Consumer Groups Praise Changes to Bill to Regulating Car Sales, Repair

Suzanne Potter | California News Service
New cars now include complex electronics that can require software updates, which can be triggered remotely. Photo Credit: Denis / Adobestock

Consumer groups are praising changes to proposed legislation needed to make sure California drivers can continue to get free computer upgrades to repair serious car safety issues remotely.

One of the provisions of Assembly Bill 473 would forbid car manufacturers from competing with car dealers regarding sales or service.

Rosemary Shahan, president, Consumers for Auto Reliability and Safety, said the measure could have had unintended consequences.

“It’s a big relief that the bill is being changed so that consumers won’t be forced to go to a car dealer to get a free safety recall repair,” said Shahan. “They’ll be able to get it while the car is in their driveway, and that means a lot more cars will actually get the recall repairs done.”

The bill’s sponsor, the California New Car Dealers Association, just submitted changes to clarify that over-the-air safety fixtures would be allowed. These are software updates that can be done remotely by a manufacturer.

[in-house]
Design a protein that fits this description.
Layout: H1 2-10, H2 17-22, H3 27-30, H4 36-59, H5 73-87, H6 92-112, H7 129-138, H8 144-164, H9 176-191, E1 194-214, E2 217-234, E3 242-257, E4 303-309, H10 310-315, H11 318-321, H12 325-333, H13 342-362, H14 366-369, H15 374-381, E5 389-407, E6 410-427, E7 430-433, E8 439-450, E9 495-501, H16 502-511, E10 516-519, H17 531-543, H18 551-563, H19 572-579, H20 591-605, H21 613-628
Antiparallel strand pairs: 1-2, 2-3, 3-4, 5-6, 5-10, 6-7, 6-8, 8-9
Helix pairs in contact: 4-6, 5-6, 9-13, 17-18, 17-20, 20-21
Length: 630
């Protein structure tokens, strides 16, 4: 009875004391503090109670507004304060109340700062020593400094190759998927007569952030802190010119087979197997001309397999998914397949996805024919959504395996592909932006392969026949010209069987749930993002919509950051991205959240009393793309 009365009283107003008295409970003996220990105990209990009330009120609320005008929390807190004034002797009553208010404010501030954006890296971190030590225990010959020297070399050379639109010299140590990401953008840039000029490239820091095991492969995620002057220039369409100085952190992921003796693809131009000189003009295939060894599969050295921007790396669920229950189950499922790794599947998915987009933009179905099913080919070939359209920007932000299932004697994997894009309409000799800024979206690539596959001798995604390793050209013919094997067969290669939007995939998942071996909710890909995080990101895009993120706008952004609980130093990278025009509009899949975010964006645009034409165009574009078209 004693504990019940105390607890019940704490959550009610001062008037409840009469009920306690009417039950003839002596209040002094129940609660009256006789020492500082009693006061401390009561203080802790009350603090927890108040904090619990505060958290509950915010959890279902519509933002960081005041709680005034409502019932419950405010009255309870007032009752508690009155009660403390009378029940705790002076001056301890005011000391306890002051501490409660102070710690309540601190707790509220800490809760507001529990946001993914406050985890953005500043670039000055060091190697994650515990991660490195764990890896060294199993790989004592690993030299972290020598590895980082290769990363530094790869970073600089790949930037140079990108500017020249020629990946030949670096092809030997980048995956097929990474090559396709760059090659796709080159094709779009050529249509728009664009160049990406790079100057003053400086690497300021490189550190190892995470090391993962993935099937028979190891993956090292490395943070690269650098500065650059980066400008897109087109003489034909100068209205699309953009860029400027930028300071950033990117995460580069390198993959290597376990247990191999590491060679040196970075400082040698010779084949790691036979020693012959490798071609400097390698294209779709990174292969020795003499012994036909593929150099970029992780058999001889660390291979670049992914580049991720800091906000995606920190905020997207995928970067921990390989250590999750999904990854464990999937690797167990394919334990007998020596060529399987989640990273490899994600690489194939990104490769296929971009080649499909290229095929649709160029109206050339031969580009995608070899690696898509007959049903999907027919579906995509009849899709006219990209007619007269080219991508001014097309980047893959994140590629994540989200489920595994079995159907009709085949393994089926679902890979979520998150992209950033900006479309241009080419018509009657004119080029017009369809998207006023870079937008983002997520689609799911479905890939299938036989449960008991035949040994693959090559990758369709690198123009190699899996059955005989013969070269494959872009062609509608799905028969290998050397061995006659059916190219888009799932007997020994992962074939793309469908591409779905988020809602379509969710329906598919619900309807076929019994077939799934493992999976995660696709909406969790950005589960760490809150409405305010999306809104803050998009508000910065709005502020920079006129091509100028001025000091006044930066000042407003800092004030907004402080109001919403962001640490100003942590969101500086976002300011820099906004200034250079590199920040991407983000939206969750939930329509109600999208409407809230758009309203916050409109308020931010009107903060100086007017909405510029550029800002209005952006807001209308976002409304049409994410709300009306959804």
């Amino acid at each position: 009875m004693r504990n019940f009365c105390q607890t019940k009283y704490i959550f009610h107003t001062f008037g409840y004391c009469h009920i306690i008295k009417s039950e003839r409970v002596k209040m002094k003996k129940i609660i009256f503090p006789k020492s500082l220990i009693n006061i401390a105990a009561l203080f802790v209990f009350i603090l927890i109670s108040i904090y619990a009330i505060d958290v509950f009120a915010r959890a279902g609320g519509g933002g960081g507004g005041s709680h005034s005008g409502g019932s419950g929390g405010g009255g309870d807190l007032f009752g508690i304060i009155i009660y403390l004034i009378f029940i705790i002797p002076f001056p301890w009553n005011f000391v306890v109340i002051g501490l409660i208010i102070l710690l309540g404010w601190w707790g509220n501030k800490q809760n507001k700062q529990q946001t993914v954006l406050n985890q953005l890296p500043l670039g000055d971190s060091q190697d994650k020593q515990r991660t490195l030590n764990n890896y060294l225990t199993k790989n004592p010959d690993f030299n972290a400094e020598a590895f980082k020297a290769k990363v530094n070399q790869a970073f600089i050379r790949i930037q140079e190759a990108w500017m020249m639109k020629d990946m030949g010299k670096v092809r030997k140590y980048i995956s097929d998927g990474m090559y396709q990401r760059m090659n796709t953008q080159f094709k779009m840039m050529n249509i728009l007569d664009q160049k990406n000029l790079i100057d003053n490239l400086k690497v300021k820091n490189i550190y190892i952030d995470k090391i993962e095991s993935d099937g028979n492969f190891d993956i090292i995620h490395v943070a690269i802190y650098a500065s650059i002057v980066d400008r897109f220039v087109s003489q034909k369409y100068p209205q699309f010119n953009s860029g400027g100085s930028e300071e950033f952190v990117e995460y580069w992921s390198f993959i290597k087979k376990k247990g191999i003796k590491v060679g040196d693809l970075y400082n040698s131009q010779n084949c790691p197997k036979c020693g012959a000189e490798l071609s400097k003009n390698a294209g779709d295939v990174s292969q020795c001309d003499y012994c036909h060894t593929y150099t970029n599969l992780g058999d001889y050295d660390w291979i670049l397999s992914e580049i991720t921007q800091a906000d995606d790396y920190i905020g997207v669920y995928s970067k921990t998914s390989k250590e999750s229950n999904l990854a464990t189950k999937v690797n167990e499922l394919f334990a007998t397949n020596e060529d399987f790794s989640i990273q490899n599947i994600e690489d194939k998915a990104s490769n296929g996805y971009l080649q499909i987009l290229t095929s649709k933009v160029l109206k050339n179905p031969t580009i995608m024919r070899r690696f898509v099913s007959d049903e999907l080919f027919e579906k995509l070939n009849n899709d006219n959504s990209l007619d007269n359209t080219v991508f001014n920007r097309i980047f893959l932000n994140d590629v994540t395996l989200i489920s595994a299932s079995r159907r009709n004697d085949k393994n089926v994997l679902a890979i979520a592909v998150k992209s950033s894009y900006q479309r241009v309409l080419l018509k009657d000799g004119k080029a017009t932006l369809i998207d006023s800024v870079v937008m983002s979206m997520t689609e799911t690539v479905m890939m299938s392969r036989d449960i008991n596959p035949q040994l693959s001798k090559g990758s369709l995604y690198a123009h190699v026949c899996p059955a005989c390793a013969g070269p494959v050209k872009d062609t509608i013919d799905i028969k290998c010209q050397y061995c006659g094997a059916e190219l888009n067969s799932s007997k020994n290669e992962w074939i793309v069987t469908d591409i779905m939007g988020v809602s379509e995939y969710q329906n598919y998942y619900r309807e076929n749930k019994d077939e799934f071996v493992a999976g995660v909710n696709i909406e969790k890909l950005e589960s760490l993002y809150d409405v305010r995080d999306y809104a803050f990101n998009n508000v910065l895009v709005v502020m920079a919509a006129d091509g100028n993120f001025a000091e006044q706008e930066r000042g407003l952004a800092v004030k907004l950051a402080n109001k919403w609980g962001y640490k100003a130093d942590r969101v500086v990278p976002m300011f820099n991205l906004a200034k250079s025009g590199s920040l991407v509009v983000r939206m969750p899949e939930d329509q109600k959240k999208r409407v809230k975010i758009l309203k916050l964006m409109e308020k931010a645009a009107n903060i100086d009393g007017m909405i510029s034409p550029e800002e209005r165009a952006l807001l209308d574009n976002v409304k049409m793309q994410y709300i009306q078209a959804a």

Other sections of the bill prevent manufacturers from charging subscription fees for things such as heated seats that are built into the vehicle. The bill would not apply to entertainment subscriptions such as Sirius-XM radio service.

Association President Brian Maas said the new language makes an exception when the manufacturer is directly providing a free safety update to motor-vehicle software.

“If it has to do with safety, and the manufacturer is not charging the customer, no problem, update the software over the air,” Moss explained. “But if it’s a feature of the car, that isn’t related to safety and they want to charge for it, the consumer should pay for that upfront when they buy the car.”

The Alliance for Automotive Innovation, a manufacturers’ trade group, said in a statement that “By prohibiting manufacturers from offering consumers subscription services for vehicle features, this bill limits consumer choice, stifles innovation, increases costs to consumers, and negatively impacts used car buyers.”

Shahan noted that car dealers are sponsoring similar legislation in multiple states.